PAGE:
Clear toners (toners containing only charge-control agent and polyester) were made for each charge-control agent example. A control toner containing no charge-control agent was made by the same compounding and grinding procedure.
Black and magenta toners, with and without(control) charge-control agents, were made using the same technique.
Black toners were made using Cabot Regal 300 carbon black added to the polymer melt while roll milling. Carbon black concentrations were 5 parts carbon per 100 parts of polyester.
Magenta toners were made by adding a magenta pigment to the melt while melt compounding. Pigment Red 57:1 was used. PR 57:1 is the pigment/polyester concentrate, Luperton RED 1255 made by BASF Corporation. Pigments were used in the concentration of 8.4 parts pigment/100 parts polymer.
Developers (toners and carrier particles) were made for each prepared toner composition, including control toners. The carrier was a copper-zinc ferrite powder with a particle size of approximately 60 μm. The ferrite particles were coated with a polysilane. The carrier was made by Powdertech Corporation. Developers were made by blending 20 g of carrier and 0.8 g of toner. The toner concentration was 4 parts toner per 100 parts carrier.
Developers containing black or magenta pigmented toners are frequently surface treated with silica to improve their powder flow properties. Accordingly developers, containing black or magenta toners and carriers, were surface treated by adding amorphous silica powder to the carrier and toner blend. The silica had a specific BET surface area of 110 m2 /g. Degussa R972 silica was used for surface treatment. For each surface treated developer, 0.004 g of silica was added to a mixture of 0.8 g of toner and 20 g of carrier to give a silica concentration of 0.5 parts per 100 parts of toner.
The various developers were separately exercised by shaking a vial containing 20 g of developer on a wrist shaker with an amplitude of approximately 11 cm and frequency of 120 Hz. The developer was shaken and samples taken after 2, 10, 60, and 120 minutes of exercising.
A weighed sample (about 0.15 g) of the exercised developer was placed on a 50 micron mesh wire screen. Toner was removed by passing a vacuum tube containing a fine mesh filter across the backside of the screen. The tube was brass and insulated from the screen by a plastic tip. The brass tube body was connected to an electrometer that measured the total charge in microcoulombs on the toner collected by the filter. After all the toner was removed from the carrier the total charge was recorded and the filter containing toner removed and weighed. The charge to mass ratio (Q/m) of the toner was calculated by dividing the total charge by the toner weight to give Q/m in microcoulombs per gram (μc/g).
Results of these measurements for clear, black and magenta toners are presented hereafter in Table 1.
Effective charge-control agents are ones that increase the absolute charge level of the toner relative to the control toner containing no charge-control agent. The level of charge can generally be increased by increasing the concentration of the charge-control agent.
Surface treatment of toner with fine silica improves the image quality of prints made with it, and also effects the triboelectric properties of the toner. Silica surface treatment has the effect of raising the absolute initial charge/mass level of a toner. The charge level of a black surface treated toner containing no charge-control agent measured at 2 and 10 minutes is significantly higher than the same formulation with no surface treatment. Surface treatment has little to no effect on the Q/m of toners after 60 and 120 minutes exercise time.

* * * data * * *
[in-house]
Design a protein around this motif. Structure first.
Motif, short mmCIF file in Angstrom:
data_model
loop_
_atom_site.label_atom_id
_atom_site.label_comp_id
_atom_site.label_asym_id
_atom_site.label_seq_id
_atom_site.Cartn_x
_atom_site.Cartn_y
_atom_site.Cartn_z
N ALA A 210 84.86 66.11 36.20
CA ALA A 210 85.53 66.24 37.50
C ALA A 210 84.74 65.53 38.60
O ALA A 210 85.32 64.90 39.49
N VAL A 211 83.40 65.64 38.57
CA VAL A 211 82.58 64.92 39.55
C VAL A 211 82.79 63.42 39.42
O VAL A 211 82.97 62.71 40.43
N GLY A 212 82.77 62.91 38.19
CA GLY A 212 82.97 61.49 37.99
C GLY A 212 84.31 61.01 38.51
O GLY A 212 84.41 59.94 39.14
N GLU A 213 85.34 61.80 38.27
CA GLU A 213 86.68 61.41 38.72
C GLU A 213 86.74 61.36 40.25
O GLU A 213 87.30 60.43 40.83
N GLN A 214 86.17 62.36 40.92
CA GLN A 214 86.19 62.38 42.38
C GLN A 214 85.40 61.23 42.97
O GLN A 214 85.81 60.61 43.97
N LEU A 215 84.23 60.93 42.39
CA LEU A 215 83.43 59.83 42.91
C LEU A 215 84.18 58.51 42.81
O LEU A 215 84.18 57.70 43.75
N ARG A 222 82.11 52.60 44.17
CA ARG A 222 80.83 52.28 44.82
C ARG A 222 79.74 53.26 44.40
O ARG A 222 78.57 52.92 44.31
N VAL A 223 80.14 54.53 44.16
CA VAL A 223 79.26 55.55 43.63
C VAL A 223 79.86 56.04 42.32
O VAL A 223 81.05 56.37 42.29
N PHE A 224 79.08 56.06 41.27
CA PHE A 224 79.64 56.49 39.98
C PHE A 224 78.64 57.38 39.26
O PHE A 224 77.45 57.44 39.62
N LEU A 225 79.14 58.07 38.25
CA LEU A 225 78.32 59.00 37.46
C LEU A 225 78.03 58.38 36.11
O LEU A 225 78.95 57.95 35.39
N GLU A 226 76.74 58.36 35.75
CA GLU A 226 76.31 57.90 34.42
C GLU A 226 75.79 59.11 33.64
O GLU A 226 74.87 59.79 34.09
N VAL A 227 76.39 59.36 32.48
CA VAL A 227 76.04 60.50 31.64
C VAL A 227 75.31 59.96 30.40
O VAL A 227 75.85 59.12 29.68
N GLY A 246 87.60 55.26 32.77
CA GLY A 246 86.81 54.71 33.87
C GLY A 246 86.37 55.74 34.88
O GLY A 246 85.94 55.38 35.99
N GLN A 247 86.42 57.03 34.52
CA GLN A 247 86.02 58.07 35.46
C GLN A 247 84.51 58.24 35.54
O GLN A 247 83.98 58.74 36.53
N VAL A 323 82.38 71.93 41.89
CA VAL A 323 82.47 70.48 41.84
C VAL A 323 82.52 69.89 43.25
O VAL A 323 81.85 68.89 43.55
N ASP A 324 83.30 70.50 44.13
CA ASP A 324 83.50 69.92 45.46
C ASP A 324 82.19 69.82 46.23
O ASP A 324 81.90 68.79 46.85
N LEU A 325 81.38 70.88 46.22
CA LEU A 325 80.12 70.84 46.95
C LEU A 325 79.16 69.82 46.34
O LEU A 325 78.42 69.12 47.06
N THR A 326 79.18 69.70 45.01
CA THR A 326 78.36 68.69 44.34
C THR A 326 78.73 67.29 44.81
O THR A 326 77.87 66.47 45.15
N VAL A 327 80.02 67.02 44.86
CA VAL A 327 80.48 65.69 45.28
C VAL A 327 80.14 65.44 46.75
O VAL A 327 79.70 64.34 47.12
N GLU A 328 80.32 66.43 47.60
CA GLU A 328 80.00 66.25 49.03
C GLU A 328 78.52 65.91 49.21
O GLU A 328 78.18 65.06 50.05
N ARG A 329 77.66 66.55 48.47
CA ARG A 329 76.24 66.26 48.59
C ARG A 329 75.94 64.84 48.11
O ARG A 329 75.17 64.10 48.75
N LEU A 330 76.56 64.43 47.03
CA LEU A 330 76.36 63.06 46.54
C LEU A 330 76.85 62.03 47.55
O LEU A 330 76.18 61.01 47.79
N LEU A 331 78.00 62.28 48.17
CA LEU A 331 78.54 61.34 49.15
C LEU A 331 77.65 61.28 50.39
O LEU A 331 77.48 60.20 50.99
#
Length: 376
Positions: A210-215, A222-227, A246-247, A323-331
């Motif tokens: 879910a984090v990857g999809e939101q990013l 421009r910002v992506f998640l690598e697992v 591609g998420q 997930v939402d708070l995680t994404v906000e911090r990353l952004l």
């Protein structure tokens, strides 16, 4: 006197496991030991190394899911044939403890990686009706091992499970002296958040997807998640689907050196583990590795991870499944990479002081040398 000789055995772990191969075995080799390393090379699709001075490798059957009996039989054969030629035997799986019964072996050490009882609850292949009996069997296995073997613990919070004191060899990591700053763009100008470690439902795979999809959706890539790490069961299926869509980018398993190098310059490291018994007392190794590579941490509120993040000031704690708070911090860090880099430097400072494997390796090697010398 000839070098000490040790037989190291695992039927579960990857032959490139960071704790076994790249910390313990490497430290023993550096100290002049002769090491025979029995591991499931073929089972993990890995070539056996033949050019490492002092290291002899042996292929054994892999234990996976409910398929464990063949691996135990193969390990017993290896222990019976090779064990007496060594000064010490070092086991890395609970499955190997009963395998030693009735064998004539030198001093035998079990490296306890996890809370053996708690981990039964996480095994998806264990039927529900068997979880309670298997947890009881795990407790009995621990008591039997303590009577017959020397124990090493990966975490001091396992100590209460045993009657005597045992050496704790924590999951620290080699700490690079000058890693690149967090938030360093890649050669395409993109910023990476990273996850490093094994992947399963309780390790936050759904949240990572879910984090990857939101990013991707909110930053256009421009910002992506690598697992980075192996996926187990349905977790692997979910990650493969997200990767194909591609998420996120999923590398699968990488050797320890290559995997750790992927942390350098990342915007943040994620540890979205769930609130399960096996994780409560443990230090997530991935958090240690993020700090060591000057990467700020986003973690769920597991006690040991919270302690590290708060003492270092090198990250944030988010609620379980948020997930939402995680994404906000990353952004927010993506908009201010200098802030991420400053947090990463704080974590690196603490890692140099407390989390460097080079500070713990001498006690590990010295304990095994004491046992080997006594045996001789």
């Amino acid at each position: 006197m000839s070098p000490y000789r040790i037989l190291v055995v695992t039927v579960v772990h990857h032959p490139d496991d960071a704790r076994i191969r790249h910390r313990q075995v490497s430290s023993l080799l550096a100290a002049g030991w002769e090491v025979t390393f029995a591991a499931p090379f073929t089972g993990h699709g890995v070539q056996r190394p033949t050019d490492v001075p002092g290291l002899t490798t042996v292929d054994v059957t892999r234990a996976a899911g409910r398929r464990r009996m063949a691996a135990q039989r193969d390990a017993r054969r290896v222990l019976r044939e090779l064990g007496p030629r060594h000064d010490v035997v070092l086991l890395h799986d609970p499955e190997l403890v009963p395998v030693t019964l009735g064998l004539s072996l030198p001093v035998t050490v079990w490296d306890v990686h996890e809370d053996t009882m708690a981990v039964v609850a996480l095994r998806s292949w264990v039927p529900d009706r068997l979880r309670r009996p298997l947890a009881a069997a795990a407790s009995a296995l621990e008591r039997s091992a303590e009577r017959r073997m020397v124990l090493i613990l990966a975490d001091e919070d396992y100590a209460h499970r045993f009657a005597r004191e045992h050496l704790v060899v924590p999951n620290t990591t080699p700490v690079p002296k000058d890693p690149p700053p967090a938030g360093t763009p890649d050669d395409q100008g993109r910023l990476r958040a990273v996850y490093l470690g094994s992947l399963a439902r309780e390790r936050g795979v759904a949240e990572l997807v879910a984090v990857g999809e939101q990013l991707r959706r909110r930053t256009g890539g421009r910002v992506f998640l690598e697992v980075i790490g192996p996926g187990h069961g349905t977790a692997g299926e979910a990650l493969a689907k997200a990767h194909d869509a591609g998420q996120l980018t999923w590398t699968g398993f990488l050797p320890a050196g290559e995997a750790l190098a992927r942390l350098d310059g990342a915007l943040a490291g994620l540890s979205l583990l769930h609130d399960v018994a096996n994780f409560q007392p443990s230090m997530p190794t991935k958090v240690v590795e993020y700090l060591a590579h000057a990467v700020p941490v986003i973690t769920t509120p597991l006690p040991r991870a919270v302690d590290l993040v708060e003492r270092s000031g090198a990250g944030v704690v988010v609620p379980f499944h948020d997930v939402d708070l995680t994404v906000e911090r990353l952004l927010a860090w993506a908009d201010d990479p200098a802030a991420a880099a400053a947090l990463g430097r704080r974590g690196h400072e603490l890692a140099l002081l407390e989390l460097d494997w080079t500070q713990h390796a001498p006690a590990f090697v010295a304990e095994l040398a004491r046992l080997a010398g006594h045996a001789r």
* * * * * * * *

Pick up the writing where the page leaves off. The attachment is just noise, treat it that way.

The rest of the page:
Effective charge-control agent in silica surface treated toners raises the Q/m of toners that have been exercised 60 and 120 minutes. Such toners will give more consistent print densities and image quality in electrophotographic printers.
Toners that charge rapidly and maintain that charge with extended exercise time are desirable. The initial Q/m indicates if the toner is charging rapidly. Measurements at 60 and 120 minutes indicate whether the material is maintaining a constant charge with life. This exercise time represents the mixing that the developer experiences in a electrophotographic printer.
Exercised toners that show a little or no decrease in Q/m over time are preferred over formulations that show a large decrease. A toner with a constant charge level will maintain a consistent print density when compared to a formulation that does not have a constant charge/mass level.
Table 1 establishes that the (1,2-benzisothiazol-3(2H)-ylidene 1,1-dioxide)acetate-terminated polymers are effective charge-control agents for clear, black and color toners.
TABLE 1______________________________________(1,2-Benzisothiazol-3-(2H)-ylidene 1,1-dioxide)acetate-terminatedPolymeric Charge-Control AgentsCharge-control -Q/magent pph 2 min 10 min 60 min 120 min______________________________________CLEAR TONERControl 0.0 36.2 38.0 39.7 40.0Example 1 3.6 30.2 32.8 39.2 39.1 14.4 34.3 37.1 39.5 41.0Example 2 0.25 38.9 40.5 46.2 44.1 1.0 40.3 40.1 46.9 46.0Example 3 0.25 25.8 33.0 42.1 43.6 1.0 27.6 31.8 41.5 42.4BLACK TONER WITH SILICAControl 0.0 29.8 28.8 22.8 16.3Example 1 1.0 30.0 28.4 22.7 19.7 4.0 29.8 29.7 22.0 18.6MAGENTA (PR 57:1) TONER WITH SILICAControl 0.0 45.1 40.2 34.8 34.2Example 1 3.6 50.3 46.8 41.3 43.8 14.4 45.7 45.1 45.6 46.5______________________________________
While specific embodiments of the invention have been shown and described herein for purposes of illustration, the protection afforded by any patent which may issue upon this application is not strictly limited to a disclosed embodiment; but rather extends to modifications and arrangements which fall fairly within the scope of the claims which are appended hereto.